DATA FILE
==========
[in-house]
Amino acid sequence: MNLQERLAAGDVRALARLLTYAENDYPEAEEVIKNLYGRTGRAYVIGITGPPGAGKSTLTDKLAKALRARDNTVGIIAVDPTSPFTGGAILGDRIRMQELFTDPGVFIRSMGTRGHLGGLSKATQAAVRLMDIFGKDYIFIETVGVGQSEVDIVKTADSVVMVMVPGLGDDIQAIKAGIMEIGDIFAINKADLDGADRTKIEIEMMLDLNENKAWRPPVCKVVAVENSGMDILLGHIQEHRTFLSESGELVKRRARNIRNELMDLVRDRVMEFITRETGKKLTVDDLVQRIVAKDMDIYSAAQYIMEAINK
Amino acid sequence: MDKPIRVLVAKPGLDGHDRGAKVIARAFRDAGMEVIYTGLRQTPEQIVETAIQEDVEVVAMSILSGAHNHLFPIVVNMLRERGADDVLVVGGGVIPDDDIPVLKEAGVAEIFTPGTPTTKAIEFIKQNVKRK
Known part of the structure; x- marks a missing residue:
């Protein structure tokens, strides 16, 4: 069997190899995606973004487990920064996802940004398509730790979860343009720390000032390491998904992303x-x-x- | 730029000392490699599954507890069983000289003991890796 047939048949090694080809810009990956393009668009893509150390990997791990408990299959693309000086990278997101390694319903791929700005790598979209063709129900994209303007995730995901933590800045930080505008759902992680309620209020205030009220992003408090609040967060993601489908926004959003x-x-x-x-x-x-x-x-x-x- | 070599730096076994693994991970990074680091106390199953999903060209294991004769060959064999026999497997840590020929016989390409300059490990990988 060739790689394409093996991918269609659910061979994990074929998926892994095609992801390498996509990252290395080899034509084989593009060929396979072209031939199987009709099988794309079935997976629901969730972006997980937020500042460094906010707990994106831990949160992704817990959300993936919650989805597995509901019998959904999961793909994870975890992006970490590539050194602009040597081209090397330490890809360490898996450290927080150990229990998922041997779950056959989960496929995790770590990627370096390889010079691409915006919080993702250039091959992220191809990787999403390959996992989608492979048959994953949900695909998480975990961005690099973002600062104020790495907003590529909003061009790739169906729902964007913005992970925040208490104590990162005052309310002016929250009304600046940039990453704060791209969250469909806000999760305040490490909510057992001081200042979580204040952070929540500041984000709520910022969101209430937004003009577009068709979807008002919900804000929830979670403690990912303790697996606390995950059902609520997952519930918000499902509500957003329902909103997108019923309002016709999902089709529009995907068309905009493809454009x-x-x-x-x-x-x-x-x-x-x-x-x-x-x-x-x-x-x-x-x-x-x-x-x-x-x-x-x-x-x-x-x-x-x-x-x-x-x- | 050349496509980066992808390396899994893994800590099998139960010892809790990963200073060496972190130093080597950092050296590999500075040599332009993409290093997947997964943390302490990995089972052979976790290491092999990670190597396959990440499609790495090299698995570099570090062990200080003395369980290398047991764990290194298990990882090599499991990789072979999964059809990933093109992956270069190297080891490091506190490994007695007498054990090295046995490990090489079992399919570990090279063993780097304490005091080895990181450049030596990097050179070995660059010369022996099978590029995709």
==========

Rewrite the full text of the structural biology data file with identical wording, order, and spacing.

[in-house]
Amino acid sequence: MNLQERLAAGDVRALARLLTYAENDYPEAEEVIKNLYGRTGRAYVIGITGPPGAGKSTLTDKLAKALRARDNTVGIIAVDPTSPFTGGAILGDRIRMQELFTDPGVFIRSMGTRGHLGGLSKATQAAVRLMDIFGKDYIFIETVGVGQSEVDIVKTADSVVMVMVPGLGDDIQAIKAGIMEIGDIFAINKADLDGADRTKIEIEMMLDLNENKAWRPPVCKVVAVENSGMDILLGHIQEHRTFLSESGELVKRRARNIRNELMDLVRDRVMEFITRETGKKLTVDDLVQRIVAKDMDIYSAAQYIMEAINK
Amino acid sequence: MDKPIRVLVAKPGLDGHDRGAKVIARAFRDAGMEVIYTGLRQTPEQIVETAIQEDVEVVAMSILSGAHNHLFPIVVNMLRERGADDVLVVGGGVIPDDDIPVLKEAGVAEIFTPGTPTTKAIEFIKQNVKRK
Known part of the structure; x- marks a missing residue:
């Protein structure tokens, strides 16, 4: 069997190899995606973004487990920064996802940004398509730790979860343009720390000032390491998904992303x-x-x- | 730029000392490699599954507890069983000289003991890796 047939048949090694080809810009990956393009668009893509150390990997791990408990299959693309000086990278997101390694319903791929700005790598979209063709129900994209303007995730995901933590800045930080505008759902992680309620209020205030009220992003408090609040967060993601489908926004959003x-x-x-x-x-x-x-x-x-x- | 070599730096076994693994991970990074680091106390199953999903060209294991004769060959064999026999497997840590020929016989390409300059490990990988 060739790689394409093996991918269609659910061979994990074929998926892994095609992801390498996509990252290395080899034509084989593009060929396979072209031939199987009709099988794309079935997976629901969730972006997980937020500042460094906010707990994106831990949160992704817990959300993936919650989805597995509901019998959904999961793909994870975890992006970490590539050194602009040597081209090397330490890809360490898996450290927080150990229990998922041997779950056959989960496929995790770590990627370096390889010079691409915006919080993702250039091959992220191809990787999403390959996992989608492979048959994953949900695909998480975990961005690099973002600062104020790495907003590529909003061009790739169906729902964007913005992970925040208490104590990162005052309310002016929250009304600046940039990453704060791209969250469909806000999760305040490490909510057992001081200042979580204040952070929540500041984000709520910022969101209430937004003009577009068709979807008002919900804000929830979670403690990912303790697996606390995950059902609520997952519930918000499902509500957003329902909103997108019923309002016709999902089709529009995907068309905009493809454009x-x-x-x-x-x-x-x-x-x-x-x-x-x-x-x-x-x-x-x-x-x-x-x-x-x-x-x-x-x-x-x-x-x-x-x-x-x-x- | 050349496509980066992808390396899994893994800590099998139960010892809790990963200073060496972190130093080597950092050296590999500075040599332009993409290093997947997964943390302490990995089972052979976790290491092999990670190597396959990440499609790495090299698995570099570090062990200080003395369980290398047991764990290194298990990882090599499991990789072979999964059809990933093109992956270069190297080891490091506190490994007695007498054990090295046995490990090489079992399919570990090279063993780097304490005091080895990181450049030596990097050179070995660059010369022996099978590029995709």